Fallacies of RAG Reports

black_green_black_thin_2Author: Gene Gendel

How Much Can You Trust Your Navigation Instruments?

1944…Imagine you are flying back home from a risky military mission…If you are not able to vividly imagine what this experience is like, please follow this link:  http://www.keystepstosuccess.com/2016/01/b-17e-bomber-tight-coupling-of-color-coding-with-numerical-data/

RAG System in Conventional Project Management

Today, the RAG system is still widely used in conventional project management, as the method of rating   issues or reporting on status. The approach is based on the same basic colors: Red, Amber (or Yellow) and Green…

See more at http://www.projectmanagement.com/articles/315648/The-Fallacy-of-Red–Amber–Green-Reporting

3 thoughts on “Fallacies of RAG Reports”

  1. My summary of about a dozen of posts to the original of this article at http://www.projectmanagement.com/contentPages/article.cfm?ID=315648&thisPageURL=/articles/315648/The-Fallacy-of-Red–Amber–Green-Reporting&msg=Your%20comment%20has%20been%20posted%20below.&CFID=153339298&CFTOKEN=a10cb784fecf1eef-55E66EAD-B6B5-8CE7-F40A50E8DC53CF0E

    =========================
    By scanning all the comments/questions, provided so far, I was able to group them as follows:
    • Requiring some examples on “how”, examples of practical implementation. I selected some quotes, that made me feel that such grouping would be logical:
    o “What are suitable replacements for RAGs?”
    o “What are suggested replacements?”
    o any good metrics they have successfully implemented to make process more scientific?
    o “…attach a numerical value to the color to the item being rated. With a provided legend …”
    o “It would be good if you included links to specific agile metrics that you believe serve to solve this problem. ”
    o “What are the “various scaling techniques and a variety of dynamic agile tools”

    • Requiring more light to be shined on some deep/systemic organizational dysfunctions that exist today in many organizations. Here are some examples:
    o “but provides an assurance that the PM is in control!!!”
    o “…The PM should be providing recommendations on decisions to be taken. …”
    o “The PMO should be responsible for making sure that management reporting is consistent and that management understands what it means.”
    o “There is a responsibility on management to reward and encourage the correct behaviour”
    o “I have seen management change when they understand the control they regain by receiving honest project status reports. ”
    o “Upper management does not have the time to stay up to date on incrementally changing charts and metrics. They EXPECT me to escalate issues as needed and RAG is a means to do this”
    o “…the most useful aspect of status reporting using RAG, changing in status is picked up before it becomes a serious issue”

    I wonder if dust has settled or if there are more questions/comments to expect that may need to be placed in grouping, other than the two above.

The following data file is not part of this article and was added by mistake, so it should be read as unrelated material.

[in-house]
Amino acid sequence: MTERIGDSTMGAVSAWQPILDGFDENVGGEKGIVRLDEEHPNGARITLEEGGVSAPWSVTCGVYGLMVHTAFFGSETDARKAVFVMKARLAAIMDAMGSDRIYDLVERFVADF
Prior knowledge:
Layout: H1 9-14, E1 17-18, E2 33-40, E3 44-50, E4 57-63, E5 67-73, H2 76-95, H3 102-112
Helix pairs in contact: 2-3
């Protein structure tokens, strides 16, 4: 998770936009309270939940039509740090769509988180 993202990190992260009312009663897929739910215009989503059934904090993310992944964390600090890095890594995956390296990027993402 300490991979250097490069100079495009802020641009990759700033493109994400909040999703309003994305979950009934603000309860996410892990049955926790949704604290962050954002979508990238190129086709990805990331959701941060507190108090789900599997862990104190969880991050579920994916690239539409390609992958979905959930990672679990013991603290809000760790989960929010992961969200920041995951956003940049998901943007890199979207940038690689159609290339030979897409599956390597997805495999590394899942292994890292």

While waiting, I would like everyone to take a quick look at the following:
    • An entertaining piece that did not make it to this post, although it was meant to be a part of it: http://www.keystepstosuccess.com/2016/01/b-17e-bomber-tight-coupling-of-color-coding-with-numerical-data/
    • Larman’s Laws of Organizational Behavior: http://www.craiglarman.com/wiki/index.php?title=Larman%27s_Laws_of_Organizational_Behavior
    • For this audience, specifically, I would like to recommend the top shelf: http://www.keystepstosuccess.com/recommended-books/

    I would expect to have more questions that can be placed in the second grouping. But still testing my assumption.


  2. When asked to make a post of this kind on project management site, I did hesitate, as I was not sure this subject was appropriate in this forum. So, I have to take on the responsibility of my decision.

    But, I would want to spend very little time discussing “substitutions” to RAGs and a bit more time addressing more fundamental (systemic problems) that underline RAGs. Substitutions? Well, they are right in the original post. Any properly calibrated chart (burn up, burn down, CFD, iteration report, release report) can producea real-time snapshot state of affairs for a single team, multiple teams, across a program or portfolio (hopefully, not ‘fake’ portfolios, of ‘fake’ projects). You just have to learn how to read it. The benefit you are getting is that it is instant and free. Free – meaning you don’t have to have a a person or a few persons sitting and manually collect numbers (worse yet, colors) to produce a roll-up number (worse yet, color). Explaining ‘how’ this can be done would be out of scope of this discussion, as this would take us town the path of discussing tooling. I would expect that anyone, who is familiar with incremental product development, has seen or experimented with such tools…. Any ‘element’ of product/program/portfolio development can be ‘plugged in’ such tooling (even non-development efforts) and it would produce numeric trends and forecasts that make RAGs simply useless. We may actually free up some people, so that they can go back and to some other work (perhaps code, test, data mine)?
    But it is really color coding that makes RAGs so harmful today? No. It is rather what goes in them and who is behind. So, back to systemic issues. Please, allow some quotes from below: